I realize a difference between me and Concealed Light is that she is way more creative than I ever was, and certainly more intelligent than me.  My sister, Reba, also expressed a creative streak from a young age, and her room, too, was often in disarray.  My own childhood room was relatively tidy and I regularly went through my stuff.  I also didn't have as much stuff as C.L.  There were not Dollar Stores,  Five Below or Claire's where we could get fun stuff for cheap.  I treasured my Hello Kitty items, but there was no purchasing knock-offs in Chinatown, so I only had a few very prized Sanrio products.  Concealed Light, however, has access to so much more stuff.  She has a small library compared to her friends, but way more books than I ever owned:  My mom was a staunch library patron.  My sister was always making projects, as is Concealed Light, but I wasn't as much of the creative type.  I treasured my rug hook set that I worked on for years, leaving it always safely at the top of my closet in its plastic Woolworth shoebox.  I had only one or two sketch pads, and prized my smelly markers and Marvy markers that I received from my Manhattan cousins who lived in Lincoln Towers for years.  Concealed Light is constantly making her own books, writing stories, creating doll clothes:  a real independent, original, creative spirit.   

I hope one day if she ever reads this blog post she will say, "Mama, I could have expressed those same thoughts in a very concise manner where your blog readers didn't actually tune out after the 2nd paragraph."  Let this entry serve as a reminder that we can all learn so much from our children.  I know she will be a great writer one day.  She already is great at expressing herself through the written word at the young age of 8.  Her stories are funny, witty, and to the point.  Me?  I always said that I liked doing the research and could improve upon my writing skills.  I am more of the ideas person.  I have a lot of ideas.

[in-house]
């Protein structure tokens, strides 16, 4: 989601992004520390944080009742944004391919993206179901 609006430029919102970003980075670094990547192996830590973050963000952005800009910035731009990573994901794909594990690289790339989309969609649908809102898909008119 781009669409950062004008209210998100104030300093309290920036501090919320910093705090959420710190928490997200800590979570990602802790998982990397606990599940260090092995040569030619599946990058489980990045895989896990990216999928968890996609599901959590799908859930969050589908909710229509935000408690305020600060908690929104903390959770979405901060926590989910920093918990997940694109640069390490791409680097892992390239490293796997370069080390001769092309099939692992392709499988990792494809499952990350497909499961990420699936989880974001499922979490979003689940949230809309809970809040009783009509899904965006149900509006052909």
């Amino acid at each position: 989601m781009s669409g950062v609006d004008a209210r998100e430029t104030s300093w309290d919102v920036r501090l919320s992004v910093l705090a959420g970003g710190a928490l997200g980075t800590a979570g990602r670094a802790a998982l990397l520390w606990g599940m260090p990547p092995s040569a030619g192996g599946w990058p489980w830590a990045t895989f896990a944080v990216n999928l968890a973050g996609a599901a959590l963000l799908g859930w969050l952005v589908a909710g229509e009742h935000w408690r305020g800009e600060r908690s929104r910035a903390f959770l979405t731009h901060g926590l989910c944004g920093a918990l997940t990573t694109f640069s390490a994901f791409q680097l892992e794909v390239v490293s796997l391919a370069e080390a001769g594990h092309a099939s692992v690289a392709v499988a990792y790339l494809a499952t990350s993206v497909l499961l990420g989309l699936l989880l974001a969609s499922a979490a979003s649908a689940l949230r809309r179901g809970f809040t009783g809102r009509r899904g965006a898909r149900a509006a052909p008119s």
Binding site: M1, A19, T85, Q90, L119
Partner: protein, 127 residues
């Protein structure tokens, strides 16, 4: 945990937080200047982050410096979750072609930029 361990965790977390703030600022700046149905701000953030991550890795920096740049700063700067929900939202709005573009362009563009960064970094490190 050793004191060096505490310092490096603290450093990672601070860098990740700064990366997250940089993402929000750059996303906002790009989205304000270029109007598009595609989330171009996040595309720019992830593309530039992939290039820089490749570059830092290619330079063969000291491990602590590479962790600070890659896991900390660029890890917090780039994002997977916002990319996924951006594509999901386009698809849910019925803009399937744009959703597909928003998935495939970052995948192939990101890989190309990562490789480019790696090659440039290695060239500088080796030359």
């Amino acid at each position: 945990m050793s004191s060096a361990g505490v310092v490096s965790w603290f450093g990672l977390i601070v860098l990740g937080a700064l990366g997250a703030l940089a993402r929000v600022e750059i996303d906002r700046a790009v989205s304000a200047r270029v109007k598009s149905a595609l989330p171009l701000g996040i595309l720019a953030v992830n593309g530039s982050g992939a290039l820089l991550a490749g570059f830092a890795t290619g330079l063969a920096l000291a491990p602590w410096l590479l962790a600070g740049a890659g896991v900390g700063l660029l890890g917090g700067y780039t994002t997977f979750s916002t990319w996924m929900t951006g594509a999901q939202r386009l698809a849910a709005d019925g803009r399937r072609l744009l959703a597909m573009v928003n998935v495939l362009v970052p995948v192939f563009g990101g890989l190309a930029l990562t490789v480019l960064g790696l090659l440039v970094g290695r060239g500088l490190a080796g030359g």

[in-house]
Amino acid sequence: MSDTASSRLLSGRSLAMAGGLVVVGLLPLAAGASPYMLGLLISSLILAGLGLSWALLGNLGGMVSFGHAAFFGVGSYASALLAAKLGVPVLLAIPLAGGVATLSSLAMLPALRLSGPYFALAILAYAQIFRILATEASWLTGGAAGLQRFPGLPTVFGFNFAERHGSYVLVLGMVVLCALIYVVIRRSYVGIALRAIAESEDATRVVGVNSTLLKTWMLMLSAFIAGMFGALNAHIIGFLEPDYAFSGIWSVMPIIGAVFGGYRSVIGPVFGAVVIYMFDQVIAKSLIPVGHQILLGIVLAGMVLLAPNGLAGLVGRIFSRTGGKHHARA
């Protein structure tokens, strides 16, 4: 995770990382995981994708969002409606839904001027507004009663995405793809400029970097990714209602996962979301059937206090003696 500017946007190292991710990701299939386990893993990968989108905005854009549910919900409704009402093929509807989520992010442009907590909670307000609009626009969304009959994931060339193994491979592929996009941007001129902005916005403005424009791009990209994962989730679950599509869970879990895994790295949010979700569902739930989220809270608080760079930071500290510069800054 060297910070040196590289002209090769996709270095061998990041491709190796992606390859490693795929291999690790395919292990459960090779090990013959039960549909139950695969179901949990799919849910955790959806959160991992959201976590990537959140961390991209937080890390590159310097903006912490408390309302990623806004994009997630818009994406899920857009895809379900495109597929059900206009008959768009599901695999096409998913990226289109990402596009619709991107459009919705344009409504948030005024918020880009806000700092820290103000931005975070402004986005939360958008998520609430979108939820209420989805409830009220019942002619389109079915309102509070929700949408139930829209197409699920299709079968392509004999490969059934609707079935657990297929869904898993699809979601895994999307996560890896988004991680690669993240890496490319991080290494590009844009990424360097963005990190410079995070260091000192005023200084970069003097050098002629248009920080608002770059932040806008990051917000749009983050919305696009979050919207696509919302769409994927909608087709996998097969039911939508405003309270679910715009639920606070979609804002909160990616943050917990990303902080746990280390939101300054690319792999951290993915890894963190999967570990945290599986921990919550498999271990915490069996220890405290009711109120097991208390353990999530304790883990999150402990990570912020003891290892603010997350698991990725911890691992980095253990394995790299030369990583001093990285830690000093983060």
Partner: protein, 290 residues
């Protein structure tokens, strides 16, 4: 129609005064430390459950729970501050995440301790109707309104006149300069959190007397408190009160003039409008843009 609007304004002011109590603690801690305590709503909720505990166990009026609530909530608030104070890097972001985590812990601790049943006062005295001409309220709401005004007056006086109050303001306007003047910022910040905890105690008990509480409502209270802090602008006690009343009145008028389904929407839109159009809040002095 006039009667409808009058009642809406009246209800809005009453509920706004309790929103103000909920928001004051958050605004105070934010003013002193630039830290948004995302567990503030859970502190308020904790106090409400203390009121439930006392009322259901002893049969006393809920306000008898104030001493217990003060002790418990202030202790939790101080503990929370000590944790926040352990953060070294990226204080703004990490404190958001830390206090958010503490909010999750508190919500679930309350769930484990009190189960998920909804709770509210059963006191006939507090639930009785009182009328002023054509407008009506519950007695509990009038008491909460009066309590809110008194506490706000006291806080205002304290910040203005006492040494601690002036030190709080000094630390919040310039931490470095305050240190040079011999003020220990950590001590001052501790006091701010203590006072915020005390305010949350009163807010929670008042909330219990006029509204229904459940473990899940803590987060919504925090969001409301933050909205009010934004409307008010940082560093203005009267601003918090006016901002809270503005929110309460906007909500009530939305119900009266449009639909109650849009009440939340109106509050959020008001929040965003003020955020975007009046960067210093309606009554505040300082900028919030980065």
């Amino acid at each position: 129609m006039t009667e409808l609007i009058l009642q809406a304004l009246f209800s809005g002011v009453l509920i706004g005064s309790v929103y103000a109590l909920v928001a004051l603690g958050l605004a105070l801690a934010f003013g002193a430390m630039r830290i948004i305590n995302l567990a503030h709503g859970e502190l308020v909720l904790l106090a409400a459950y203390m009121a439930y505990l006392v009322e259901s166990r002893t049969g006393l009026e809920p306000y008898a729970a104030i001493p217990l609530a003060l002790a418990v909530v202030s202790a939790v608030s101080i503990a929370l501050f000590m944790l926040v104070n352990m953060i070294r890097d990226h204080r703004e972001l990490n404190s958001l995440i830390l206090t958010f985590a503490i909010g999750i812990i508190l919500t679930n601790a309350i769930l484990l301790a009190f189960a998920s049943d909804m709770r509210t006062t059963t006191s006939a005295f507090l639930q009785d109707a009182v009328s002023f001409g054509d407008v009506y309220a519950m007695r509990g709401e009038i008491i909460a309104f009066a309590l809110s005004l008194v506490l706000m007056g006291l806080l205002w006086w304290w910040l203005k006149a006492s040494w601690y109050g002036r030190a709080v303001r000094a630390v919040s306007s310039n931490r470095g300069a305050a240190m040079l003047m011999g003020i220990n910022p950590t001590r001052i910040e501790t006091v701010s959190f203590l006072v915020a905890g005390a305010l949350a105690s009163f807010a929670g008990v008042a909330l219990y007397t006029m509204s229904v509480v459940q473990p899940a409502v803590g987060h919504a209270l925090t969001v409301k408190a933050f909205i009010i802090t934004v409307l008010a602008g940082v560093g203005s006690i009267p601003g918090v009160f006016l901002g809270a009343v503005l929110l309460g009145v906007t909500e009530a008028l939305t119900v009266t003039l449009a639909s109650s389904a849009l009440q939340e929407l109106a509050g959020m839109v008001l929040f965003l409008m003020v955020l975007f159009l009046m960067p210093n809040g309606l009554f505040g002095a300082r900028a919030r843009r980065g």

With that I leave you the title of this blog entry. 

And if you are so inclined to view the video in its 7 minute entirety, fully check out this incredible light show.  I was at the Atlantic City show the day after (this was a 3 day Phish festival in June).  Chris Kuroda, the band's 5th honorary member and talented light engineer, as they say in Phish parlance, "killed it."